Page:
“The end consumer doesn’t know what else is important. For as long as the garment in the shop are just the garment and price, there is very little push to change that,” Sanchez said. “We have to make sustainability something as important as the other two parameters.”
Companies throughout the supply chain are bogged down by non-disclosure agreements, precluding many from seeking and sharing best practices. However, Alberto Candiani, co-owner and global manager of Candiani Denim, said some secrets are worth keeping.
“Transparency can be used to obtain know-how details. And to disclose certain company secrets which might be very important to preserve if we want to keep competitive advantage,” he said. “I don’t need to disclose who my customers are. I don’t think I should do that. I think I should protect my customer,” he said, adding that he invoices the fabrics to the garment makers, not to the brands themselves.
Though some manufacturers may not be on board, others err on the more positive side of what transparency can bring.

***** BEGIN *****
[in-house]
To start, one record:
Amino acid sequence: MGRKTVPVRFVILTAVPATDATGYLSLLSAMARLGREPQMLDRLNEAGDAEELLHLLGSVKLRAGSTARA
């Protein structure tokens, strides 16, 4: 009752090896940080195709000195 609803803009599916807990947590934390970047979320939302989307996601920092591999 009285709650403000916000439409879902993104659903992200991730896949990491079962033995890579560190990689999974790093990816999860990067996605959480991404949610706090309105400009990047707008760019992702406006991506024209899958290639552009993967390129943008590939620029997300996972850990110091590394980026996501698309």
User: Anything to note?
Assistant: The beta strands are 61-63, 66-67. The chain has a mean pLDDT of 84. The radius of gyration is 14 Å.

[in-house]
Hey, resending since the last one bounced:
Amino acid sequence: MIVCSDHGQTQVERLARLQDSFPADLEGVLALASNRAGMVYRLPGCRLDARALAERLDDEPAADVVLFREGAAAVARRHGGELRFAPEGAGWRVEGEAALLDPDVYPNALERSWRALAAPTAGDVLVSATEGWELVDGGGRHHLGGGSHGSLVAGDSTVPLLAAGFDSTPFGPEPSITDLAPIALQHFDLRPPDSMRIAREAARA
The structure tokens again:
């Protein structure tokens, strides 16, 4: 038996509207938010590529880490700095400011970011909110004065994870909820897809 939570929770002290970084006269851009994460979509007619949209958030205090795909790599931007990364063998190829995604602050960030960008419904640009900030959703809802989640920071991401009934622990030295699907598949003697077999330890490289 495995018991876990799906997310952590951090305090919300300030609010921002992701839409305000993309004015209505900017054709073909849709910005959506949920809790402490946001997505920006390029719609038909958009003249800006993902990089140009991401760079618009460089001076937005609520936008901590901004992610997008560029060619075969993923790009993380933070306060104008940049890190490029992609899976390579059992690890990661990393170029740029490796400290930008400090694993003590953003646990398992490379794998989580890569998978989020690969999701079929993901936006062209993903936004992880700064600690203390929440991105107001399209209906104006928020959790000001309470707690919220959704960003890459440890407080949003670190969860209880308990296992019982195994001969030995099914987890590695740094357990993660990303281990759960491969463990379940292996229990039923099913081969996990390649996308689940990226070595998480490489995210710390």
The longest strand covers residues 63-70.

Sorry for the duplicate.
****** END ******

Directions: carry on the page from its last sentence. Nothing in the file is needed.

“There is hope around transparency,” Buxton Midyette, Supima vice president of marketing and promotions, said. Supima has always invited brands to its harvest each year to see firsthand how 500 family farms make the sustainable, high quality cotton, but the invites went begging 12 to 15 years ago. “And then funny things started to happen around five years ago,” he said. “People started saying yes and they started coming.”
Along with Brooks Brothers, Land’s End and Banana Republic, “radical transparency” brand Everlane recently visited Supima’s harvest and brought its social media team out to share the experience on Instagram. “They’re really taking that story to the consumer,” Midyette said.
Bringing partners to the source has been an option many companies have turned to for driving transparency.